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An exclusive enclave situated to the west of Belmont and bordering the Surrey boroughs of Epsom and Ewell and Reigate and Banstead. The name, which refers to a Saxon landowner, may have originated as early as the eighth century. Cuddington is one of the ‘finger parishes’ of Sutton, so-called for their elongated north-south shapes. By 1538 the parish had acquired the stone church of St Mary, a manor house and a handful of productive farms. But this was the year in which Cuddington changed forever when Henry VIII acquired the entire manor, obliterated all the existing buildings and commissioned the construction of Nonsuch Palace. The lord of the manor received the priory of Ixworth, Suffolk, in compensation for his loss. Although Nonsuch was primarily intended as a hunting lodge, it was built and decorated to impressive standards of grandeur that were designed to rival Chambord, the Loire palace of Francis I. Work was just about completed when Henry died in 1547. Nonsuch remained in the possession of the Crown until Charles II gave it to his mistress Barbara Villiers, who demolished the palace in 1684 and sold off the building materials. Nearly two centuries passed before civilisation returned with the creation of the suburb of Worcester Park at the parish’s northern end, where a new St Mary’s was built in 1867 and rebuilt in 1895. The modern locality of Cuddington, however, lies well to the south-east, where the borough of Sutton juts into Surrey. Wrapped around Cuddington golf course, laid out in 1929, this is one of south London’s most select neighbourhoods. Progressively developed with increasingly grand homes (but no community facilities) over the course of the twentieth century, even a bungalow here can fetch over half a million pounds.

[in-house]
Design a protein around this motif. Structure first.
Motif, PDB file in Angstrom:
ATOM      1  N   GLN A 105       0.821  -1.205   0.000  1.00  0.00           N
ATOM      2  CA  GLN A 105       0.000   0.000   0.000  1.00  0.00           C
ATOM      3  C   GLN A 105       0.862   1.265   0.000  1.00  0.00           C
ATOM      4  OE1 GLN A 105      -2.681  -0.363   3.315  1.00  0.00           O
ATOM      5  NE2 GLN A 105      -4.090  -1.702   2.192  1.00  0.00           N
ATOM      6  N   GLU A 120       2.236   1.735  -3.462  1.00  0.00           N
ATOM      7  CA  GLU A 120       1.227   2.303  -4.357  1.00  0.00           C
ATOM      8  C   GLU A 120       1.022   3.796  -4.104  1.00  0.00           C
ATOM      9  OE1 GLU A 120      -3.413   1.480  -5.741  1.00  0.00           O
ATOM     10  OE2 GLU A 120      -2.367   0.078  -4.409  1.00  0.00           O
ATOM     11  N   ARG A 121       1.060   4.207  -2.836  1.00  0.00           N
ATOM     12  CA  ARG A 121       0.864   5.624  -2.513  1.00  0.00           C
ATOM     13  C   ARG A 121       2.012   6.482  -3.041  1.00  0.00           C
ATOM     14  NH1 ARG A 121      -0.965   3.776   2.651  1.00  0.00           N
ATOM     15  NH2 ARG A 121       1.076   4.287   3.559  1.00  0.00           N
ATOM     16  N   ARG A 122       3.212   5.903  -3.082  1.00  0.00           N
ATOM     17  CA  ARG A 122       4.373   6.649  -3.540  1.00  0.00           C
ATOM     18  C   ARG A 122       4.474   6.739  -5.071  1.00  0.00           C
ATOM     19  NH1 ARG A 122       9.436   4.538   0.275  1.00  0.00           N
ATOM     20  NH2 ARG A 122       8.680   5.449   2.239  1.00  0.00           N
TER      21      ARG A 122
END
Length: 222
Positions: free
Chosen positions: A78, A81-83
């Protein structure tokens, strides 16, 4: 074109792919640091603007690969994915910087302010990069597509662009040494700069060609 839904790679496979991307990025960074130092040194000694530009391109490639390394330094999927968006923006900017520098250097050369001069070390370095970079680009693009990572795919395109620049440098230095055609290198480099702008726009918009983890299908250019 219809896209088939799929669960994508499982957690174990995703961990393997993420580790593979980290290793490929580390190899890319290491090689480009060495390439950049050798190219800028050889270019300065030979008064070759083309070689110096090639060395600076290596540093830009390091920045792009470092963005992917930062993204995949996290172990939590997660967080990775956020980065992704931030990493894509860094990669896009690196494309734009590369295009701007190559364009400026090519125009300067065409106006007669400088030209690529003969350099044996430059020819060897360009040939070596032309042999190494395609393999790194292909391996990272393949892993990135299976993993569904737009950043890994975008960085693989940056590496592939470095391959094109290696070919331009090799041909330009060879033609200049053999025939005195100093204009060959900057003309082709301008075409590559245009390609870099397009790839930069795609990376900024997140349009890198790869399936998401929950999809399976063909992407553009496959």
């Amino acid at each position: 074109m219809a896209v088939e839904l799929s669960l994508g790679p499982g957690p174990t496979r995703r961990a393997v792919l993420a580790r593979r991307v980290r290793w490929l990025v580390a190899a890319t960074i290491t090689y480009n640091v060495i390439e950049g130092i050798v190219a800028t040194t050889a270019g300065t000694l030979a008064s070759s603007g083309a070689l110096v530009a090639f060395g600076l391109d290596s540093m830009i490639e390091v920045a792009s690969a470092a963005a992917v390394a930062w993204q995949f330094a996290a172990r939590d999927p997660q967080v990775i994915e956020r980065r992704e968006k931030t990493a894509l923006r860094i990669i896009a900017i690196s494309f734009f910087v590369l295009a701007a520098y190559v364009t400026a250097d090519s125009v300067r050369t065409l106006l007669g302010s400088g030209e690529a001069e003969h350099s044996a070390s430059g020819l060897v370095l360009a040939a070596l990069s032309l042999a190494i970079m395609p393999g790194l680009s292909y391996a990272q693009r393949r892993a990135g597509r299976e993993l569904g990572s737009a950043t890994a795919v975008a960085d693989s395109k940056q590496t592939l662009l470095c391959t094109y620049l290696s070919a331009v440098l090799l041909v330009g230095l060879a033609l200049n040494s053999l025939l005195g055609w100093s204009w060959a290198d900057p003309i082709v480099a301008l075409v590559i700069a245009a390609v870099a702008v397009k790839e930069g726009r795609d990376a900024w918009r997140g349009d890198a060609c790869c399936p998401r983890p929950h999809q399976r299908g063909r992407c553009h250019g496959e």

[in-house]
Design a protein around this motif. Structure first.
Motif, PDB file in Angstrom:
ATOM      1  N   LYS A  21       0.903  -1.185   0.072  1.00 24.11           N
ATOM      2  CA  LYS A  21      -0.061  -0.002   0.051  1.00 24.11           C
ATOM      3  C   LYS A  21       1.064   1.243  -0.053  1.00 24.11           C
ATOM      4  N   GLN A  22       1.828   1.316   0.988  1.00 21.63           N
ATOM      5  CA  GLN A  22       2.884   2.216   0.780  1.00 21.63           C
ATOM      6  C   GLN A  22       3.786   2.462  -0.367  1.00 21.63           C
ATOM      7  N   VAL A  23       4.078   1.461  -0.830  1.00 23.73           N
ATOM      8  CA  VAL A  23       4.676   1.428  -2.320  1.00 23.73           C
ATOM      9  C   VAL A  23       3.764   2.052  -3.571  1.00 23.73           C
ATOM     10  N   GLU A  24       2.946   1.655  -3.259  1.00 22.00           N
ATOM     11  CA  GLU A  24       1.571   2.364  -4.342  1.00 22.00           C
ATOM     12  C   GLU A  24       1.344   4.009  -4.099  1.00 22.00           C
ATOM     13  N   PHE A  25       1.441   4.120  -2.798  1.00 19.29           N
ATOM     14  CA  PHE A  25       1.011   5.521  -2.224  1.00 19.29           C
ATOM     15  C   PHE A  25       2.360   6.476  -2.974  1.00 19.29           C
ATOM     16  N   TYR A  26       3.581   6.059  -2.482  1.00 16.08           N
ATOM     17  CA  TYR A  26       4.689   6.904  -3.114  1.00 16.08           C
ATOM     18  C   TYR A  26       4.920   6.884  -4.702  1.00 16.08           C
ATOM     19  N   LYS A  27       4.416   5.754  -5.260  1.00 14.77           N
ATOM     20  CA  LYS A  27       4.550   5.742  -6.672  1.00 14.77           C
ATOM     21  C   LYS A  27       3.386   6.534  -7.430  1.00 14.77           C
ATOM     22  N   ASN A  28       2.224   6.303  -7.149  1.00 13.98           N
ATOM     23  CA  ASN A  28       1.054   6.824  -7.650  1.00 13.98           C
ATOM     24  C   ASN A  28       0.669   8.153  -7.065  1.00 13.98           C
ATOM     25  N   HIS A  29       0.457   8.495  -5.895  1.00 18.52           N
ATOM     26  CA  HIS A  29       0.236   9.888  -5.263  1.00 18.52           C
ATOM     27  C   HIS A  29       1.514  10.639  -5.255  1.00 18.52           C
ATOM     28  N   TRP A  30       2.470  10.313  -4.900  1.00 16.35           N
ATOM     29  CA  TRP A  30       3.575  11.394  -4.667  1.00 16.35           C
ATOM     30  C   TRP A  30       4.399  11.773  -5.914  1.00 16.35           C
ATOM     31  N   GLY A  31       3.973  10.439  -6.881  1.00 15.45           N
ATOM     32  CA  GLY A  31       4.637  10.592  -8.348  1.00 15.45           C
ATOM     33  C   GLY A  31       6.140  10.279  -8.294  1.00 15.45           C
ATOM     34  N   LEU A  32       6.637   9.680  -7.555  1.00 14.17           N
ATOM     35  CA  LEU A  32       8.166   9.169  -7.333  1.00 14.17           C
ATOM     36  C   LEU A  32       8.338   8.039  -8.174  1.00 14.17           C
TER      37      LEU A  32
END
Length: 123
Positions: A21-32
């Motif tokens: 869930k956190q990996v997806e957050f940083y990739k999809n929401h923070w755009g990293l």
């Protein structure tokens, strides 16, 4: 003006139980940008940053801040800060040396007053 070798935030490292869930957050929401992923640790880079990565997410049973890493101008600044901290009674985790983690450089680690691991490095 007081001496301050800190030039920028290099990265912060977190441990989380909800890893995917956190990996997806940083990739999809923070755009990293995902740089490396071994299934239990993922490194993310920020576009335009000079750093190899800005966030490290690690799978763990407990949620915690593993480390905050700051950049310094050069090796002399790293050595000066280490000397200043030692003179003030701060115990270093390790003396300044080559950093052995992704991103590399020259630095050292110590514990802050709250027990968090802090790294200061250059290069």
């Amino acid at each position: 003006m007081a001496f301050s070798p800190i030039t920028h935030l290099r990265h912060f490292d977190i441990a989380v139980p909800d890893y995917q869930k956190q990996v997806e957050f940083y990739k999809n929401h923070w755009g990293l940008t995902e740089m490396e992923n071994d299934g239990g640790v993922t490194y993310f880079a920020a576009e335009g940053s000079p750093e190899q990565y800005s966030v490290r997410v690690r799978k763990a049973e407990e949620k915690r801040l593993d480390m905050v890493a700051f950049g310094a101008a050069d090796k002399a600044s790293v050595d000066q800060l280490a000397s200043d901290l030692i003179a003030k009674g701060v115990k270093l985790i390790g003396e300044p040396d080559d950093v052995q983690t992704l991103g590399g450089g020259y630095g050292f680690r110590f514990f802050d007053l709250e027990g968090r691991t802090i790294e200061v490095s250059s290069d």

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Nonsuch Palace

Postcode areas: Sutton, SM2 and Banstead, SM7
Further reading: Charles Abdy, A Brief History of Cuddington, Nonsuch Antiquarian Society, 1995

Epsom and Ewell History Explorer

Brewer's London Phrase & Fable

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